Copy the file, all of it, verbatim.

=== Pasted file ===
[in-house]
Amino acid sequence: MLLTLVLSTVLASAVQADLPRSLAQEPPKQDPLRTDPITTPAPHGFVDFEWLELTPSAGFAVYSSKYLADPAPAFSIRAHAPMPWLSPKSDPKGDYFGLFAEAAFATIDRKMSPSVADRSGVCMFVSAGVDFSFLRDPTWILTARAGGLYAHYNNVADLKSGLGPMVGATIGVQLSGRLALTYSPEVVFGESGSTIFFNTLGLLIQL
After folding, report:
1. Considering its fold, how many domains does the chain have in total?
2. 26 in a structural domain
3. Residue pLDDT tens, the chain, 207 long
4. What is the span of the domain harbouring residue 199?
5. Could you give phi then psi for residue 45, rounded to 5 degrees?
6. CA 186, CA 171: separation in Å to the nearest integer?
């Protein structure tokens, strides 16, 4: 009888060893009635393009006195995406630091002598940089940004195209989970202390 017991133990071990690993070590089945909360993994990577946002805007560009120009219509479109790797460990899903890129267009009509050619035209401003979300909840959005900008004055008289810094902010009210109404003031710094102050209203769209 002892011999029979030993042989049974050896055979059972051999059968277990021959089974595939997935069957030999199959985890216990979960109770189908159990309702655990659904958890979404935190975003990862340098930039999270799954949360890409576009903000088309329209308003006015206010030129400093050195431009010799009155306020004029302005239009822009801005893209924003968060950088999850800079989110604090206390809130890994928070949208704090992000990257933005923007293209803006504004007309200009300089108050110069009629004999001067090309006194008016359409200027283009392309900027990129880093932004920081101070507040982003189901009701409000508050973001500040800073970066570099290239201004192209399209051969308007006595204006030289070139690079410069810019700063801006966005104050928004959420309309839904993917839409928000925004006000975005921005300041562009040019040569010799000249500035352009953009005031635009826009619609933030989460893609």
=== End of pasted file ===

[in-house]
Amino acid sequence: MLLTLVLSTVLASAVQADLPRSLAQEPPKQDPLRTDPITTPAPHGFVDFEWLELTPSAGFAVYSSKYLADPAPAFSIRAHAPMPWLSPKSDPKGDYFGLFAEAAFATIDRKMSPSVADRSGVCMFVSAGVDFSFLRDPTWILTARAGGLYAHYNNVADLKSGLGPMVGATIGVQLSGRLALTYSPEVVFGESGSTIFFNTLGLLIQL
After folding, report:
1. Considering its fold, how many domains does the chain have in total?
2. 26 in a structural domain
3. Residue pLDDT tens, the chain, 207 long
4. What is the span of the domain harbouring residue 199?
5. Could you give phi then psi for residue 45, rounded to 5 degrees?
6. CA 186, CA 171: separation in Å to the nearest integer?
């Protein structure tokens, strides 16, 4: 009888060893009635393009006195995406630091002598940089940004195209989970202390 017991133990071990690993070590089945909360993994990577946002805007560009120009219509479109790797460990899903890129267009009509050619035209401003979300909840959005900008004055008289810094902010009210109404003031710094102050209203769209 002892011999029979030993042989049974050896055979059972051999059968277990021959089974595939997935069957030999199959985890216990979960109770189908159990309702655990659904958890979404935190975003990862340098930039999270799954949360890409576009903000088309329209308003006015206010030129400093050195431009010799009155306020004029302005239009822009801005893209924003968060950088999850800079989110604090206390809130890994928070949208704090992000990257933005923007293209803006504004007309200009300089108050110069009629004999001067090309006194008016359409200027283009392309900027990129880093932004920081101070507040982003189901009701409000508050973001500040800073970066570099290239201004192209399209051969308007006595204006030289070139690079410069810019700063801006966005104050928004959420309309839904993917839409928000925004006000975005921005300041562009040019040569010799000249500035352009953009005031635009826009619609933030989460893609």